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Giant Pituitary Adenoma: Principles for Resection

August 13, 2016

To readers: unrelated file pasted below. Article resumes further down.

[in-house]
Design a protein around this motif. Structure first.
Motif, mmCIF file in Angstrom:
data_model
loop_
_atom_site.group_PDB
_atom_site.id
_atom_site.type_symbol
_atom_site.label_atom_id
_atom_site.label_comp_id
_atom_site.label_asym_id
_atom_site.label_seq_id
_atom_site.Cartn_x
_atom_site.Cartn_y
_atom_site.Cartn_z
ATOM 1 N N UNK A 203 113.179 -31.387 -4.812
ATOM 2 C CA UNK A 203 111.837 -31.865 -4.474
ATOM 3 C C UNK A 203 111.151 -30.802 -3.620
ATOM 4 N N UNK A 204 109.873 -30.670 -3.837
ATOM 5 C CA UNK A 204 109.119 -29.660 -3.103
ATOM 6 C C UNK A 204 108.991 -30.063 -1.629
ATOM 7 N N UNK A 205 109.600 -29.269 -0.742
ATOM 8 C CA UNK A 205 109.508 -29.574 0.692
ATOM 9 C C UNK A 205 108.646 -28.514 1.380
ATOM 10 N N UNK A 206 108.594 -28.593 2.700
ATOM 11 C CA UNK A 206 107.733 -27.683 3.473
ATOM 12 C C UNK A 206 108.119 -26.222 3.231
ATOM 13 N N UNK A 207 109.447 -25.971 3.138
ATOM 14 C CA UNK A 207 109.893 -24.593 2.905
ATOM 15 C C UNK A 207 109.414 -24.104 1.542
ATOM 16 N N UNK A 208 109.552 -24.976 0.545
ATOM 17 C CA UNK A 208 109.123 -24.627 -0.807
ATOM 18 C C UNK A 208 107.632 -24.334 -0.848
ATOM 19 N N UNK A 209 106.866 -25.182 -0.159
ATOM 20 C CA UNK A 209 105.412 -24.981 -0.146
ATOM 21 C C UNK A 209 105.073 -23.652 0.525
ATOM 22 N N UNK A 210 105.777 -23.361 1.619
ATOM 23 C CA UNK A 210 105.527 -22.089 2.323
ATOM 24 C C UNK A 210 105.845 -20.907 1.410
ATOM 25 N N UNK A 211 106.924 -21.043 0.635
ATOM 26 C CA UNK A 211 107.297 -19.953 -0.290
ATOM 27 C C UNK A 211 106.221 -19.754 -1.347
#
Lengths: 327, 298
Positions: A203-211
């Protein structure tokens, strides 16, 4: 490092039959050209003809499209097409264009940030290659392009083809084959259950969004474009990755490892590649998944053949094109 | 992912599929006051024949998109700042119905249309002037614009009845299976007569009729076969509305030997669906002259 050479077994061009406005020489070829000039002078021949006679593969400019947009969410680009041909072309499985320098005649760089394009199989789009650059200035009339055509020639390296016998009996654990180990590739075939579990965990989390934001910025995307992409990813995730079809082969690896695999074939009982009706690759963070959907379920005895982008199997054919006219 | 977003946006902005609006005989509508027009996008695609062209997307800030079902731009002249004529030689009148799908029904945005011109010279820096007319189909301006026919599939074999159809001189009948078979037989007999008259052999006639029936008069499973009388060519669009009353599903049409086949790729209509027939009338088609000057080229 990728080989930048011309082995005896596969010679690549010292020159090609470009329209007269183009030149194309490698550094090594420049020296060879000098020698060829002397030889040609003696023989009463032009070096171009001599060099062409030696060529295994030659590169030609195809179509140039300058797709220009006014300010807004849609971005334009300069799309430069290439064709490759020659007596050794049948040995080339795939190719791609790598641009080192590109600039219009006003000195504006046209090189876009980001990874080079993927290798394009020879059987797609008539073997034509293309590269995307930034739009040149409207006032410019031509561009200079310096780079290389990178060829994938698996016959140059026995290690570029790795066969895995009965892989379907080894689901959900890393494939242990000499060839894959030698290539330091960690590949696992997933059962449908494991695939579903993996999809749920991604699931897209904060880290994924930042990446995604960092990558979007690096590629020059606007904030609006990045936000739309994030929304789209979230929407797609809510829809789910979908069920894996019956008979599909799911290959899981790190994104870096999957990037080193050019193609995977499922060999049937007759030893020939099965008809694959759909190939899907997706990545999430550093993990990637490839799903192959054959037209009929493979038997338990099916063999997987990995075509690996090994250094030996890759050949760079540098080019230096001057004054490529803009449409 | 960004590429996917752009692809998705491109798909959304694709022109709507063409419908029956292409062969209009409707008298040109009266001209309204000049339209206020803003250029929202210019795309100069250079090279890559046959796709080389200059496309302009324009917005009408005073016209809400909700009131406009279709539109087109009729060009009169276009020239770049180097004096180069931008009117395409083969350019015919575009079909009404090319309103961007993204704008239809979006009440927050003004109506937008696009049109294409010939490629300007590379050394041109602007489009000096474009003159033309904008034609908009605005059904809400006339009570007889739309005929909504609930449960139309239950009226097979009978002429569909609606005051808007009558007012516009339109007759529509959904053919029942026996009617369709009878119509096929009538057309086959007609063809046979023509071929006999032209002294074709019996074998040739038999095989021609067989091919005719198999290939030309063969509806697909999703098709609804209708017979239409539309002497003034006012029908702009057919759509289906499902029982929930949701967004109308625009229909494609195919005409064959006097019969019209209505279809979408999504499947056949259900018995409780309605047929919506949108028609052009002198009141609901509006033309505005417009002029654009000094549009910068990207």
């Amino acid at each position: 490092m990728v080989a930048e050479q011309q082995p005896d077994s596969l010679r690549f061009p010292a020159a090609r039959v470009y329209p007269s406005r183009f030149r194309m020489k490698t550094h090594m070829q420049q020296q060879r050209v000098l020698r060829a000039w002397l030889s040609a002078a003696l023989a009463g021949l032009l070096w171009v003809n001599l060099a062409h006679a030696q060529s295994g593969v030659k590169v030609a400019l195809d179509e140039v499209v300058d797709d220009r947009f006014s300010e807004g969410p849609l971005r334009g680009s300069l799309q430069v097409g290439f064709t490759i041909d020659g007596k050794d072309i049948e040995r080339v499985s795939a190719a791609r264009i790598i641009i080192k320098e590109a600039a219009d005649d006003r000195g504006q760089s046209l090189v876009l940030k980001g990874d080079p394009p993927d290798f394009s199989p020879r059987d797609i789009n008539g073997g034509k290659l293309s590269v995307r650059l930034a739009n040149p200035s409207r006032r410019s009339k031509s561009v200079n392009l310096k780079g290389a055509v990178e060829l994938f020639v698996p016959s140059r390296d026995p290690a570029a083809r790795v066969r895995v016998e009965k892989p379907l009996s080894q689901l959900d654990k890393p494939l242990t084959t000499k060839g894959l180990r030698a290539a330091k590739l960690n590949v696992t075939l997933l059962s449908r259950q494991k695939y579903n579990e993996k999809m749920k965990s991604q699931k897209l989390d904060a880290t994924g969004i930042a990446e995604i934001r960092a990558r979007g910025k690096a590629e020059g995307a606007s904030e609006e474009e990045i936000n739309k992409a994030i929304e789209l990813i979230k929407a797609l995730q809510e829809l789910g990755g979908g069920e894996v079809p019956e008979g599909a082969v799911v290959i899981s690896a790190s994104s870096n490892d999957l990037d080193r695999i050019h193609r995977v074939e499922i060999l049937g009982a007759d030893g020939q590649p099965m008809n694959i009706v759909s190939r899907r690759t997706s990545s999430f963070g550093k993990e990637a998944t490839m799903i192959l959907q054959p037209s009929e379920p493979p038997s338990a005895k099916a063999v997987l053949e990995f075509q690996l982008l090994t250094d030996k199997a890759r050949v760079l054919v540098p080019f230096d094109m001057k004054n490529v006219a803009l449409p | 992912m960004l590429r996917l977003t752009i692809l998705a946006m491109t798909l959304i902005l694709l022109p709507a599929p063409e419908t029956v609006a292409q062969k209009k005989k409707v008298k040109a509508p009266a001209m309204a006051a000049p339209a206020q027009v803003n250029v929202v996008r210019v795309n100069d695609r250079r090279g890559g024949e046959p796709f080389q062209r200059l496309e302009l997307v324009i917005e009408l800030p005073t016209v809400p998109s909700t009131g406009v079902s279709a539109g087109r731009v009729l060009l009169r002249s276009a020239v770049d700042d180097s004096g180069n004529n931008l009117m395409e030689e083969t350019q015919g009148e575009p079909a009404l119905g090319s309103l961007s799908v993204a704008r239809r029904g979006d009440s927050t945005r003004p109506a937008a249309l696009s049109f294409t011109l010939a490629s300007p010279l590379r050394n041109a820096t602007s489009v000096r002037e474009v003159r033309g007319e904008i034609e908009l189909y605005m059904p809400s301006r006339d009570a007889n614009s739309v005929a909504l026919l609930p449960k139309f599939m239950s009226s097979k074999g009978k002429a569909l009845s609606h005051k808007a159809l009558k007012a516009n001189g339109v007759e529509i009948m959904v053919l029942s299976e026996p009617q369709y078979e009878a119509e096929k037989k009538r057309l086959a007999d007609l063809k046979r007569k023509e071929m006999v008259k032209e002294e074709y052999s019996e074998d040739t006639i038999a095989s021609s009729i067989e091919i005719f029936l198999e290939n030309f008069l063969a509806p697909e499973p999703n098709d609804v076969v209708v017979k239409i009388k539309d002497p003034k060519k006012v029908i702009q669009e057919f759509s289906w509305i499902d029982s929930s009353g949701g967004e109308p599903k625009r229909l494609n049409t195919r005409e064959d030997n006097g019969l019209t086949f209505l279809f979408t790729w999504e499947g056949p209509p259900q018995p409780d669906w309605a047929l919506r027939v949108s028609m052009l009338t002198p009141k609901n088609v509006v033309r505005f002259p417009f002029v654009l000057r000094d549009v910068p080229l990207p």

Let's review the technical principles for resection of giant pituitary adenomas, as well as nuances for maximizing resection. This is a 52 year-old male who presented with significant visual decline and mild confusion. MRI evaluation revealed a giant pituitary macroadenoma with significant hypothalamic and visual apparatus compression. Endonasal transanal resection was attempted. You can see the floor of a sellae is significantly expanded. The bone is relatively thin, readily removed via pituitary rongeurs. This was the initial exposure by one of my fellows. Exposure is reasonable, however, it's most likely inadequate. The dura was open in a cruciate fashion. The tumor extruded under pressure part of the tumor was removed. Ring currettes were utilized for further tumor debulking. Suction maybe utilized also to further remove the gelatinous tumor. You can see there is fair amount of tumor on the periphery of the sellae, that remains intact. Upon my arrival, I continue to further expand on the removal before additional tumor resection is attempted. Again, it's critical for maximal tumor resection of larger tumors that the bony exposure is very extensive and expands from one cavernous sinus to the other. The most common factor for subtotal resection of a pituitary macroadenoma is inadequate bony removal at the floor of the sellae. Significant amount of further bony removal was necessary. You can see the amount of dura that is now exposed upon additional bony resection. Here, you can see further bony removal anteriorly all the way to the level of tuberculum. Here's the margin of further dural exposure. Dural incisions were extended to the periphery of exposure and edges of the bony removal. You can see the amount of tumor that was hiding under the dural edges. So the first challenge is making sure bony removal is adequate and provides ample amount of space for resecting the tumor at the level of the periphery as you can see here. The limiting factor for allowing the middle of the tumor to descend is the residual tumor at the periphery of the tumor bulk. Now that the peripheral portion of the tumor can be resected, the middle of the tumor is much easier to handle. First, the posterior and the lateral portions of tumor are removed, and last, the more anterior and middle portion of the tumor are removed. The order of these steps is important so that the diaphragm does not descend prematurely and obstruct the view to the residual tumor along the lateral aspect of the resection cavity. Here again is my attempt to remove the tumor on the lateral aspect of the tumor bulk. As the lateral portions of the tumor are removed, the middle and anterior part of the tumor are also tackled and diaphragma sellae appears in view. Here's removal of the tumor within the middle of the resection cavity. This part of the tumor can be quite adherent to the diaphragma sellae. Here's diaphragma sellae. So the first challenge was adequate bony removal. The second challenge was making sure the portions of the tumor are removed in a specific order, and the third challenge is handling the very patulous and redundant diaphragma sellae without leading it to its injury. There's ample amount of tumor hiding within the faults of the redundant diaphragma sellae. These giant tumors to diaphragma is very much expanded and stretched and therefore is very patulous and one has to be able to handle these redundant faults so that the tumor that is hiding more superiorly and within the faults are adequately handled. Ample amount of irrigation is used to clear the operative field. Some of the tumor in this area has to be removed especially within the suprasellar cisterns. You can see the suction device is removing that portion of the tumor. I'm using the ring curette as a dynamic retractor to mobilize the diaphragm out of my way and be able to reach into the faults of the resection cavity Piece of carotenoid may be used to cover the diaphragma, therefore protecting the diaphragm from the suction device. As the diaphragm is mobilized, the suction device and its angled forms are used to remove the tumor within the hidden operative spots. Here's specially the portion of the tumor that is hiding within a very prominent diaphragmatic fault. Here is most likely the medial wall of the cavernous sinus. Here is, at the tip of the arrow, you can see that adequate bony removal allows careful examination and inspection of the medial cavernous sinus wall so the tumor removal is adequate. Inadequate removal and blind curetting often leads to subtotal tumor removal. Here's the medial cavernous wall on the left. I'm satisfied with the external resection laterally. You can see how the carotenoid is rolled around as I work within the faults of the diaphragm. Here's the more anterior aspect of the diaphragm as it attaches to the tuberculum. There is no necessary residual tumor. Furthermore, the posterior aspect of the resection cavity is inspected. No obvious residual tumor is apparent. Here is a more panoramic view of the intrasellar contents. The diaphragm is mobilized posteriorly. No obvious tumor is apparent. By the end of the resection usually the diaphragm is aggressively herniating through the sellae. Here is another sign that the dissection is complete. Here's using hydroscopy to inspect the diaphragmatic faults. No residual tumor is apparent within the diaphragmatic faults. This is a really nice maneuver to look within the faults and assure complete removal of the tumor mass. Very effective, atraumatic fashion to handle the diaphragm. The closure in this case involved a dural allograft inlay. Since the exposure was relatively extensive in this case, and a nasal slap or flap was available. The flap was also used to cover the skull-based defect. Here's the postoperative MRI, which revealed aggressive, gross total removal of the tumor. Again, the important points in this video, are number one, adequate bony removal. Number two, removal of the tumor in different portions of the tumor bulk in a specific order. In other words, first laterally, posteriorly, and ultimately, superiorly and anteriorly. The third important principle is handling the patulous diaphragm so that the diaphragmatic faults are adequately inspected for aggressive tumor removal. Thank you.